Not to say that I'm particularly smart, but I feel pretty stupid right about now. After reading this article over at Ars Technica's Infinite Loop, I can't believe I never fully realized the point of Digital Rights Management (DRM). It was never about piracy; it was always about control. All those times I griped that it was stupid to try to combat piracy with DRM because it's so easy to circumvent I really had no idea what I was talking about. Of course it's useless, the point was always to minimize your right so they could find more ways to squeeze money out of their content. I should've known when one music label exec claimed that you can easily re-buy your precious CDs should they get stolen. I should've also known when movie studios claimed that distributing movies on iTunes to up to 5 iPods was 4 devices too many. What's disappointing is that they don't see that they could probably make more money if things weren't so complicated. Take Netflix, for example. They've recently been piloting a service to allow you to watch movies on your PC streaming for free with your current subscription (up to 18 hours, that is), and you don't have to worry about time limits for when you can view them or what codec you need to play it or any of that stuff. That kind of system brings more people more interested in movies and more likely to buy these movies than if they had never seen them because of the rip-off movie theater prices (and who's going to buy a DVD for a movie they have no clue about unless it's in the $5 bin?). Maybe I'm just too naive, but I always think there's a better way than trying to restrict technology.
Want me to keep bursting the gigantic iPhone bubble over everyone's head? Alright, here's more bad news: you can't use songs purchased on iTunes as ringtones. I think that means they want to sell ringtones on iTunes, but if it can't at least match the Razr's features then that's kind of lame. Oh, and OS X will be stored on that 4GB or 8GB of memory you purchased with that phone at under half a GB. Now some not-so-bad Apple news: a few new Get a Mac ads have popped up, and two of them are actually humorous. I know it's a random thing to mention, but watching those ads is a guilty pleasure of mine. Speaking of those ads, John Hodgman was on the Daily Show a while back talking about net neutrality and you may want to check out that awesome clip over here. Not only is it a great (albeit, slightly biased) description of the issue, but it's quite entertaining. Rest assured though that the concepts he's citing are true. If you hear people raving about Photoshop but can't afford the ridiculous amount it costs, maybe you should look into GIMP. There's a pretty solid comparison of the two here, and I agree with him: it's just what you need for home use. Another great application is Paint .NET if you want a slightly cleaner interface and a few less features (meaning faster load times). Lastly, I love this list of things we've learned from 24 and a few other movies (but mostly, 24) about technology. As much as I love 24, I point out these foibles all the time, but have learned to deal with suspended disbelief.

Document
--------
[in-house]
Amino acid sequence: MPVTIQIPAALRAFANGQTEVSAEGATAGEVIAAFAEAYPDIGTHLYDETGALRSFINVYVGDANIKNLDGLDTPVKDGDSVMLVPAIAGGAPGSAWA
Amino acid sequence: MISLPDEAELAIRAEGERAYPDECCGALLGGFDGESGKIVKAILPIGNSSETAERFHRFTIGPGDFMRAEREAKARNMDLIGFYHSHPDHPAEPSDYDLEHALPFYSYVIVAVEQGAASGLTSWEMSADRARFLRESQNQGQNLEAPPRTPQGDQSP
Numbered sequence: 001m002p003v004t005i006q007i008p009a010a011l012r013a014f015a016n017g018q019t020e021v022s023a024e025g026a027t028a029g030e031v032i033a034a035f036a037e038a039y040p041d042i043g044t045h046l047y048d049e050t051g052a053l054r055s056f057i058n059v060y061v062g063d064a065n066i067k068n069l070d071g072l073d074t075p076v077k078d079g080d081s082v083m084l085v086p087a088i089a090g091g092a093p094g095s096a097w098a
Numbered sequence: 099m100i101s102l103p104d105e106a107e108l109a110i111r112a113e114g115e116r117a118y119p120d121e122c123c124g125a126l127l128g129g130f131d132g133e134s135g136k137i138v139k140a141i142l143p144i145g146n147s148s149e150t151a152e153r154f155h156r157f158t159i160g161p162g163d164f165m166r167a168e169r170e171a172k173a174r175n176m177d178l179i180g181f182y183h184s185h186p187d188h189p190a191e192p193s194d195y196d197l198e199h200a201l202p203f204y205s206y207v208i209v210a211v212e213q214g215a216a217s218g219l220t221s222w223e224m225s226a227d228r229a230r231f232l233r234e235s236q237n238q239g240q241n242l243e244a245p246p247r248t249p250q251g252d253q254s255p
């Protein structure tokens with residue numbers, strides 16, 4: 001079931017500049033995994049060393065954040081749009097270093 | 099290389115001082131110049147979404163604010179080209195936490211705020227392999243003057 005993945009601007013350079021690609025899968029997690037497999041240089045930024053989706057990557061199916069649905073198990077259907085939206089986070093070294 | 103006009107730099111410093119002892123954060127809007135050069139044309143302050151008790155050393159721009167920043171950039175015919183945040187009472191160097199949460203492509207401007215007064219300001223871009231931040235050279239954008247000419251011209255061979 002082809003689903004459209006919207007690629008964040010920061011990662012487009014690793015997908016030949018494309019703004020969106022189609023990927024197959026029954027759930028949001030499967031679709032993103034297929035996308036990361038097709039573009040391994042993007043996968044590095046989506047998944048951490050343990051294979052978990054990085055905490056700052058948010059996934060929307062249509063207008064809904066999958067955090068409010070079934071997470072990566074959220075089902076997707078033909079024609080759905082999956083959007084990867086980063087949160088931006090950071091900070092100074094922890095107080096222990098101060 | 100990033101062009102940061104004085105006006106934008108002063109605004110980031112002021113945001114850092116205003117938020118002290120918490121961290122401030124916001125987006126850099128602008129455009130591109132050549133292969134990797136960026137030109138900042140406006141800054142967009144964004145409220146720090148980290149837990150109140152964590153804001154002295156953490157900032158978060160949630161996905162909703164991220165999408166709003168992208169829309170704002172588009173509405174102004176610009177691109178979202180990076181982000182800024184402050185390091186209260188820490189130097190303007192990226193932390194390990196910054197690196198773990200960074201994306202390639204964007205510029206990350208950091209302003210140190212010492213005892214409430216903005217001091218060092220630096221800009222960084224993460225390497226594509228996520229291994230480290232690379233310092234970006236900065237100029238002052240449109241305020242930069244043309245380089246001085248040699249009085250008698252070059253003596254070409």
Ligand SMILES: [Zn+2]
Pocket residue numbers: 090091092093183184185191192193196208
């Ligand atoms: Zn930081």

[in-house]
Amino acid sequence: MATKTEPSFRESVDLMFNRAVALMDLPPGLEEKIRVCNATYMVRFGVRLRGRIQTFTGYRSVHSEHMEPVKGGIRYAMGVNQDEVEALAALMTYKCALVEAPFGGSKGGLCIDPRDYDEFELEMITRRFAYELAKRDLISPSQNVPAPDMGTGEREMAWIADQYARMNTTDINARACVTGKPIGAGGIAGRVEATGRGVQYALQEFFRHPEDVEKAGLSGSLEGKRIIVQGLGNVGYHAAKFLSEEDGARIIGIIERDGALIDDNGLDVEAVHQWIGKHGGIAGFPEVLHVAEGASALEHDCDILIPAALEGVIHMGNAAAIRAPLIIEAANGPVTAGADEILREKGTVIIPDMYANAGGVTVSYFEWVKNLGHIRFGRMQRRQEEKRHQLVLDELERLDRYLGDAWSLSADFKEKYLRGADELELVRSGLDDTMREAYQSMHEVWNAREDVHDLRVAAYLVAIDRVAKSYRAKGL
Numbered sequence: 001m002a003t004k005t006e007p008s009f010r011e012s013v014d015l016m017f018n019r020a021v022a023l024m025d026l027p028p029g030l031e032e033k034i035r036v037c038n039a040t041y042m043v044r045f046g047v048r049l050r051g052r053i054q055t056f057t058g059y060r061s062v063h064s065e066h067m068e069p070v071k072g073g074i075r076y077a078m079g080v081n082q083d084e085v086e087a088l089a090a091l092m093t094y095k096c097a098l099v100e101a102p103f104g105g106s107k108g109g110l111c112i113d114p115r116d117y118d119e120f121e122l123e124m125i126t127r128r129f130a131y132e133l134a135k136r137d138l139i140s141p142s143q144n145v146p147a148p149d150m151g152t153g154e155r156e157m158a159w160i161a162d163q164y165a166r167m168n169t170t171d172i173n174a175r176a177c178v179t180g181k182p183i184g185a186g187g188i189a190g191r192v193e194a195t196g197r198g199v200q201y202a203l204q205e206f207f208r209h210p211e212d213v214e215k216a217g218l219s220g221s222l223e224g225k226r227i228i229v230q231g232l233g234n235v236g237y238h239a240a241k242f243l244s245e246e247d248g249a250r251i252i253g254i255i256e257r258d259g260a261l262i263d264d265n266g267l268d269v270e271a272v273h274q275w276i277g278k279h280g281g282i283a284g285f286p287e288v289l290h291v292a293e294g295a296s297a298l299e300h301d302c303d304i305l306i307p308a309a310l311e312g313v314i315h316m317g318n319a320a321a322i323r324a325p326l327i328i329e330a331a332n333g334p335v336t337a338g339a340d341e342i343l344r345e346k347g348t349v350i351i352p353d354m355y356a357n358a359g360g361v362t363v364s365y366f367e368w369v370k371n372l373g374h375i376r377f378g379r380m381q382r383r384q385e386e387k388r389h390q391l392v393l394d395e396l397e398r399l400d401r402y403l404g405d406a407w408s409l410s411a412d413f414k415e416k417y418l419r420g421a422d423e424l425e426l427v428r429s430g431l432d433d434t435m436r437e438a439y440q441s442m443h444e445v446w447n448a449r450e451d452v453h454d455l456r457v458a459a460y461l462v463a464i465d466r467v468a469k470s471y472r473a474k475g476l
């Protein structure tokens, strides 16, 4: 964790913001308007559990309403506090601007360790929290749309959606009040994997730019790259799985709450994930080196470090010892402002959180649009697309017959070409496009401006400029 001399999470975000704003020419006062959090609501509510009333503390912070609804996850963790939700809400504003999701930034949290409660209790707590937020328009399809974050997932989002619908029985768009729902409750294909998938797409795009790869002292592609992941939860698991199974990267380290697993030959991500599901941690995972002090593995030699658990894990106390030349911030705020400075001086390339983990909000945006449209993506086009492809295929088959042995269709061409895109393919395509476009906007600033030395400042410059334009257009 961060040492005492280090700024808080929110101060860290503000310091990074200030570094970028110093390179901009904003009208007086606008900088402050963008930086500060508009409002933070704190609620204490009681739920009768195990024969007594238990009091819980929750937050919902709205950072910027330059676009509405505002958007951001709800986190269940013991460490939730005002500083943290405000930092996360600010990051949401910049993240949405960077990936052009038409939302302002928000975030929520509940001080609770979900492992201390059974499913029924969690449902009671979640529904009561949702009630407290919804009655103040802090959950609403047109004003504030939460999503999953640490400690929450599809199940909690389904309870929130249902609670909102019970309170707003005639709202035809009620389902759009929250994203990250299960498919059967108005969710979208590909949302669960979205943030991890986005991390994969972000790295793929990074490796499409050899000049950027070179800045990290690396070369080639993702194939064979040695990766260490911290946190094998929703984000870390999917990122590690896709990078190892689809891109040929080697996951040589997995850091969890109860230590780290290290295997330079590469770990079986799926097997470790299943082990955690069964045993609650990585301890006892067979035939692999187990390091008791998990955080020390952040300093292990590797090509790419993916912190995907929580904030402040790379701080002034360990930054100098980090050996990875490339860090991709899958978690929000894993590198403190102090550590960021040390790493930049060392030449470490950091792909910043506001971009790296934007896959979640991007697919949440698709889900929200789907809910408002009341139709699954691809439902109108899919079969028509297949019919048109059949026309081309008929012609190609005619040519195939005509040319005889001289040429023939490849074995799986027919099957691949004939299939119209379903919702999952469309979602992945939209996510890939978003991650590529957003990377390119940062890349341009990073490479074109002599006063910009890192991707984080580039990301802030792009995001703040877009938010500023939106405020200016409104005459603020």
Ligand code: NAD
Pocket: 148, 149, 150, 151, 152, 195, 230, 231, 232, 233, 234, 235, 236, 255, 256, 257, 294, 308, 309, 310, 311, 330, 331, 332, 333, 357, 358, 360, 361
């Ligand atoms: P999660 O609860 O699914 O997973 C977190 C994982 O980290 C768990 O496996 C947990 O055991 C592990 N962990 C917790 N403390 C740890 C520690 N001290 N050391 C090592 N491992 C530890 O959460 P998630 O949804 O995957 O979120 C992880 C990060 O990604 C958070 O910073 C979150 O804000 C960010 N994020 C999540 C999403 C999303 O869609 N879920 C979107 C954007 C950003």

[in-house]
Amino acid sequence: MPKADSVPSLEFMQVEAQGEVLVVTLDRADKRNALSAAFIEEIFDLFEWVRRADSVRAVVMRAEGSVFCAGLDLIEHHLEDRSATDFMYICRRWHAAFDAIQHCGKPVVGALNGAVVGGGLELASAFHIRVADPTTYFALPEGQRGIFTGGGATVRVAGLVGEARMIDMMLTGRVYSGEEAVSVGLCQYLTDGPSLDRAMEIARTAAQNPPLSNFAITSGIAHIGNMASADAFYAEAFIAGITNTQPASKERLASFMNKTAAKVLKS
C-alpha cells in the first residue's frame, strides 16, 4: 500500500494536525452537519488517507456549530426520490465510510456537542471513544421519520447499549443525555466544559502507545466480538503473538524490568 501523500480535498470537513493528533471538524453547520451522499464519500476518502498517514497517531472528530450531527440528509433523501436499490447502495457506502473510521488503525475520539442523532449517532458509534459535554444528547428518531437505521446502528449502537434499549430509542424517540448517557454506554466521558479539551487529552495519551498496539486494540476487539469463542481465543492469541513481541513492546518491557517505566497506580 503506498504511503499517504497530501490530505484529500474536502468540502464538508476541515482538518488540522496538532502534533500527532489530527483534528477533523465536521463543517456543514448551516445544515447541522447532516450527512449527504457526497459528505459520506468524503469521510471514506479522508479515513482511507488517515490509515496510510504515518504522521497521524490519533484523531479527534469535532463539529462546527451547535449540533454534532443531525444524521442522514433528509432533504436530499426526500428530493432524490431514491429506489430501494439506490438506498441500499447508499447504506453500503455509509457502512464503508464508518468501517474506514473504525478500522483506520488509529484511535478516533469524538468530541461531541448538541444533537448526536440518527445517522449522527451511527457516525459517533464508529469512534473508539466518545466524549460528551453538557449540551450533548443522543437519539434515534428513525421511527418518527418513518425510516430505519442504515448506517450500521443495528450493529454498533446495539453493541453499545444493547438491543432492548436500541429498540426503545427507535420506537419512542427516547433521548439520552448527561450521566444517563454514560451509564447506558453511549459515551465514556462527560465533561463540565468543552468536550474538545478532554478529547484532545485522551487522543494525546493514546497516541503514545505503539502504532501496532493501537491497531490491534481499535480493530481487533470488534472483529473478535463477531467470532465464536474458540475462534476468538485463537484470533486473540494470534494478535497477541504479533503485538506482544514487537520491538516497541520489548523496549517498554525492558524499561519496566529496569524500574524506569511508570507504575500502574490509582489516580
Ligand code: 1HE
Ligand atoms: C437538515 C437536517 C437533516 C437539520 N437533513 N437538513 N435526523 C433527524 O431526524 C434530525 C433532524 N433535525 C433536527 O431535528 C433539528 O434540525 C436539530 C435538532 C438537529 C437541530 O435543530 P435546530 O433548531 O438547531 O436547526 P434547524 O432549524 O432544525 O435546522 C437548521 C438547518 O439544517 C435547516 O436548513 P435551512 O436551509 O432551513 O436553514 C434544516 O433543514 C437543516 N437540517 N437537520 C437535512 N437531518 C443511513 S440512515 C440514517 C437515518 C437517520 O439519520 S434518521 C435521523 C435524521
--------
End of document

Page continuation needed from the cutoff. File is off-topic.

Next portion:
Once again, not much movie news to report. I guess everyone is too busy with Sundance, since it is tomorrow. Anyway, you can see the 30 second version of Borat, as re-enacted by bunnies, over here. It's pretty clever, as are most of their re-enactments. The only other thing is that I just ran into the short films I saw on the plane ride from Seattle to Atlanta over here, and I'd recommend watching "High Maintenance" and "Still Life" if you're getting cabin fever from being iced in for two days straight. I thought the latter was the best of the five, by far. Oh, and the splash image at the top of the page is how our plane looked.
I'm gonna go for an optimistic Ten on Tuesday this week:
10 Things You Do Well
9. Write (essays, short stories, blog entries, what have you)
8. Play guitar
7. Shop (I learned the art of pinching pennies from my mother)
4. Play video games
3. Follow a schedule
News Roundup: The Internet of Nope
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